All of those elements were there from the jump with the Lizard, which makes their absence in 2012’s The Amazing Spider-Man all the more baffling. Despite the studio apparently championing the villain as being the next foe in their fourth Spider-Man movie—to the point where it became apparently one of many disagreements with director Sam Raimi who was fixated on doing a Vulture movie back in the late 2000s—the finished product showed a genuine lack of comprehension about what made the character one of Spider-Man’s great foes.
Through no fault of actor Rhys Ifans, who plays Dr. Curt Connors as serviceably as possible from the thin screenplay he was provided, that film robs the Lizard of the character’s tragedy or even a hint of pathos: gone are Connors’ wife and son, as well as his tragic war backstory. In fact, Connors is a fairly shady individual in the film with vague connections to the deaths of Peter Parker’s parents. In other words, he’s a stock mad scientist, who neither Peter or the audience has much reason to sympathize with.
Additionally, the design of the character was nearly every bit as atrocious as the Power Rangers costume Dafoe got stuck with a decade earlier as the Green Goblin. While The Amazing Spider-Man filmmakers apparently chose to honor the flatter facial design of Ditko’s initial concept of the Lizard, they nonetheless removed other key elements of Ditko’s design which made the character so visually appealing: aspects like the shredded lab coat which belied the character’s lost humanity, and created a striking visual contrast to the green scaly look. Which is to say, without the white cloak, he looks a bit like a shrunken Godzilla running around town, with the ugly face of those misbegotten Goomba designs from the Super Mario Bros. movie.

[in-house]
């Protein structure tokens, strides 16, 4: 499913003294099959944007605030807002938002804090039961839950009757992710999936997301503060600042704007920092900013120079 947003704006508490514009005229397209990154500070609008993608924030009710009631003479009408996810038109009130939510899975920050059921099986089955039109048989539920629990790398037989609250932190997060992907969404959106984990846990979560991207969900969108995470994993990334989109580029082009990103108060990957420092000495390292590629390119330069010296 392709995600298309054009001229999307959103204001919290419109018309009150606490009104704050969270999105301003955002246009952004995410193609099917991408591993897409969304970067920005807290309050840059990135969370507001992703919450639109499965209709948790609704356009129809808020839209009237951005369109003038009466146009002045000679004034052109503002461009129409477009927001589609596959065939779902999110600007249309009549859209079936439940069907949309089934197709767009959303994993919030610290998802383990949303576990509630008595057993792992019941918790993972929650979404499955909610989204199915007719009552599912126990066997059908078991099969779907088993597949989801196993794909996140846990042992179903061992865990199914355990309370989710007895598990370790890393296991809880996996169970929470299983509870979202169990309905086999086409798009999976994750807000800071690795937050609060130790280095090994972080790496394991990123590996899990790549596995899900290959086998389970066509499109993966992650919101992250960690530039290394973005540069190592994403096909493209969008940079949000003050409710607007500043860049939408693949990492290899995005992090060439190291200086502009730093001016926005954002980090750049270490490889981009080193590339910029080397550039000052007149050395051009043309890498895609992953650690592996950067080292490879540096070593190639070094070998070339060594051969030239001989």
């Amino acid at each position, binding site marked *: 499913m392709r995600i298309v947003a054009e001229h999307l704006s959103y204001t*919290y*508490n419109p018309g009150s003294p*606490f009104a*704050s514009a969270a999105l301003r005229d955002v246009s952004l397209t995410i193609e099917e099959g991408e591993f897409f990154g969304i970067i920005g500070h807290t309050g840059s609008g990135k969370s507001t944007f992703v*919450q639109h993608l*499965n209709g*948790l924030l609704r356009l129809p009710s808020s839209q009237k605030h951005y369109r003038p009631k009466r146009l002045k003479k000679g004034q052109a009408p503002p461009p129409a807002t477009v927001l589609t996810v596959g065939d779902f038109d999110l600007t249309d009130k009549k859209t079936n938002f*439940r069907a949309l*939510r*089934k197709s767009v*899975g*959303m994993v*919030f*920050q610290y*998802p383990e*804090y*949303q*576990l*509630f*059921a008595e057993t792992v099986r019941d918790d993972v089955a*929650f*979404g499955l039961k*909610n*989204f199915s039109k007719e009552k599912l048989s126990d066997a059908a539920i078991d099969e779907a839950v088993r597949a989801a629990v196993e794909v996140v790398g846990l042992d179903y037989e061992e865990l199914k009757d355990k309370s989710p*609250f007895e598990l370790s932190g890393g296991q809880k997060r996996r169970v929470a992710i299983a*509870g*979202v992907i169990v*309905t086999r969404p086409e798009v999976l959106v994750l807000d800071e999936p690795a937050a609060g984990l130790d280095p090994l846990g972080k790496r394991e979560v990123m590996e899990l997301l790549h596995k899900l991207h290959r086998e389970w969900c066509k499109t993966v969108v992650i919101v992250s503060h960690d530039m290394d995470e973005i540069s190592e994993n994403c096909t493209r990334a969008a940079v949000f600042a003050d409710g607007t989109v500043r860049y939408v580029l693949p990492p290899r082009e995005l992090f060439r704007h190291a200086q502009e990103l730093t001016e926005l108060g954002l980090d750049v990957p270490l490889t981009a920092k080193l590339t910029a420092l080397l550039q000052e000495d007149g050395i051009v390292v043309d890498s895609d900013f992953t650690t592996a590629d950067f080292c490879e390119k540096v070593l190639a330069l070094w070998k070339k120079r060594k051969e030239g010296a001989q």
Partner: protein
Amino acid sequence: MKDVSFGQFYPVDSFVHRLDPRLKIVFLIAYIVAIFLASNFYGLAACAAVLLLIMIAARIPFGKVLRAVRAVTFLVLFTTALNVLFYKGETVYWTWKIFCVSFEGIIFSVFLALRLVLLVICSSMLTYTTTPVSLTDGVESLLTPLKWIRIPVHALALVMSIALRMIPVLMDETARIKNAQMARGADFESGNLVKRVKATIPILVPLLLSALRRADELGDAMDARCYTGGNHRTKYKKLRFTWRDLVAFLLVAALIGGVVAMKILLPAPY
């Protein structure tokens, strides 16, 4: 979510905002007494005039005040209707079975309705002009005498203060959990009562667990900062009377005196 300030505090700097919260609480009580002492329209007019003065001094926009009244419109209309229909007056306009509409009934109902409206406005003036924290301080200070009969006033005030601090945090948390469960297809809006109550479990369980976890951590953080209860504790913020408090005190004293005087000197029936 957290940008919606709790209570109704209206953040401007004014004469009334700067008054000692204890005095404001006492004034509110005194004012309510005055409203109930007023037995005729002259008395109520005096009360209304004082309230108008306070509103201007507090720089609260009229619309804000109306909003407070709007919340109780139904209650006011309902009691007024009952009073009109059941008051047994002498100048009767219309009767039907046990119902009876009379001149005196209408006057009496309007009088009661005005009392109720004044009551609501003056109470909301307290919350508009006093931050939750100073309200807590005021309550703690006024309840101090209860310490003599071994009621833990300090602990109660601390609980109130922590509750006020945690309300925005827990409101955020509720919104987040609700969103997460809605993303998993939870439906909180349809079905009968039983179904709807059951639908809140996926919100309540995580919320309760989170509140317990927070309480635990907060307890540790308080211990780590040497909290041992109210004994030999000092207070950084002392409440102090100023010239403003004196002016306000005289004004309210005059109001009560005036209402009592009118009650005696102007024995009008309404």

As with the unwise choice of redesigning Spider-Man’s costume to better resemble a basketball in that movie, these poor choices made the Lizard look visually goofy and poorly thought out. When one contrasts this with how the character has been more or less drawn since the 1970s, including famously by Venom co-creator Todd McFarlane, who made the Lizard look like a demonic viper in human clothing, the ineptness of the cinematic Lizard becomes a failure on every level.
Admittedly, it’s unlikely Curt Connors’ motivations can be saved in Spider-Man: No Way Home. With One More Day fallout left to be resolved from Spider-Man: Far From Home’s cliffhanger ending, the multiverse needing to be set-up for audiences who don’t watch every Disney+ series, Doctor Strange fan service to squeeze in, and, oh yeah, the rest of the Sinister Six to reintroduce—including cinematic high points like Dafoe’s Goblin and especially Alfred Molina’s Doc Ock—there probably isn’t a lot of room for the cinematic also-rans of Lizard, Jamie Foxx’s Electro, and Thomas Hayden Church’s Sandman.
However, at least two of those became “also-rans” because of poor choices made by other filmmakers. Marvel Studios has had much better luck in interpreting Spidey villains to the screen than The Amazing Spider-Man duology, if still not on the level of Molina or Dafoe’s contributions. In the same way they turned a questionable concept like old man Adrian Toomes into a Michael Keaton showcase in Spider-Man: Homecoming, they could also reimagine the Lizard, and even Electro, into cooler characters that younger fans who never read the comics might actually care about this time. At the very least, they can give Lizzy his coat. And maybe just make him Dylan Baker’s Dr. Connors, who despite only appearing as a supporting character in Sam Raimi’s original Spider-Man trilogy, already had more gravitas and sympathy than whatever the hell The Amazing Spider-Man was up to.
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